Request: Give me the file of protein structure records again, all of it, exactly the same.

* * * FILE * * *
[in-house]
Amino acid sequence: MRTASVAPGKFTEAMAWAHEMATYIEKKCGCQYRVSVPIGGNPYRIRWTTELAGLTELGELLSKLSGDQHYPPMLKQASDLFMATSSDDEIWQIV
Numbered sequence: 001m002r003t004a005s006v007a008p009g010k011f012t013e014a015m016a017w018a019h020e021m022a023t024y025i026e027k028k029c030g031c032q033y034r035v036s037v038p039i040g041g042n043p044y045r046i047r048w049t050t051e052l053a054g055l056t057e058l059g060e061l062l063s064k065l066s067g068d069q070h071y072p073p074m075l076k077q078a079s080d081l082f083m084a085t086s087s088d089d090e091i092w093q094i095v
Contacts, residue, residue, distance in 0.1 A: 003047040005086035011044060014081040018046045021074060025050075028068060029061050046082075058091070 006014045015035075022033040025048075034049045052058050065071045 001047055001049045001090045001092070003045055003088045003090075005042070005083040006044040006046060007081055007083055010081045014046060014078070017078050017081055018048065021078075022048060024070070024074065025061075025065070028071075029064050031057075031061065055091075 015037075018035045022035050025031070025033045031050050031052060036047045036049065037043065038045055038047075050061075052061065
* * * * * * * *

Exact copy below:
[in-house]
Amino acid sequence: MRTASVAPGKFTEAMAWAHEMATYIEKKCGCQYRVSVPIGGNPYRIRWTTELAGLTELGELLSKLSGDQHYPPMLKQASDLFMATSSDDEIWQIV
Numbered sequence: 001m002r003t004a005s006v007a008p009g010k011f012t013e014a015m016a017w018a019h020e021m022a023t024y025i026e027k028k029c030g031c032q033y034r035v036s037v038p039i040g041g042n043p044y045r046i047r048w049t050t051e052l053a054g055l056t057e058l059g060e061l062l063s064k065l066s067g068d069q070h071y072p073p074m075l076k077q078a079s080d081l082f083m084a085t086s087s088d089d090e091i092w093q094i095v
Contacts, residue, residue, distance in 0.1 A: 003047040005086035011044060014081040018046045021074060025050075028068060029061050046082075058091070 006014045015035075022033040025048075034049045052058050065071045 001047055001049045001090045001092070003045055003088045003090075005042070005083040006044040006046060007081055007083055010081045014046060014078070017078050017081055018048065021078075022048060024070070024074065025061075025065070028071075029064050031057075031061065055091075 015037075018035045022035050025031070025033045031050050031052060036047045036049065037043065038045055038047075050061075052061065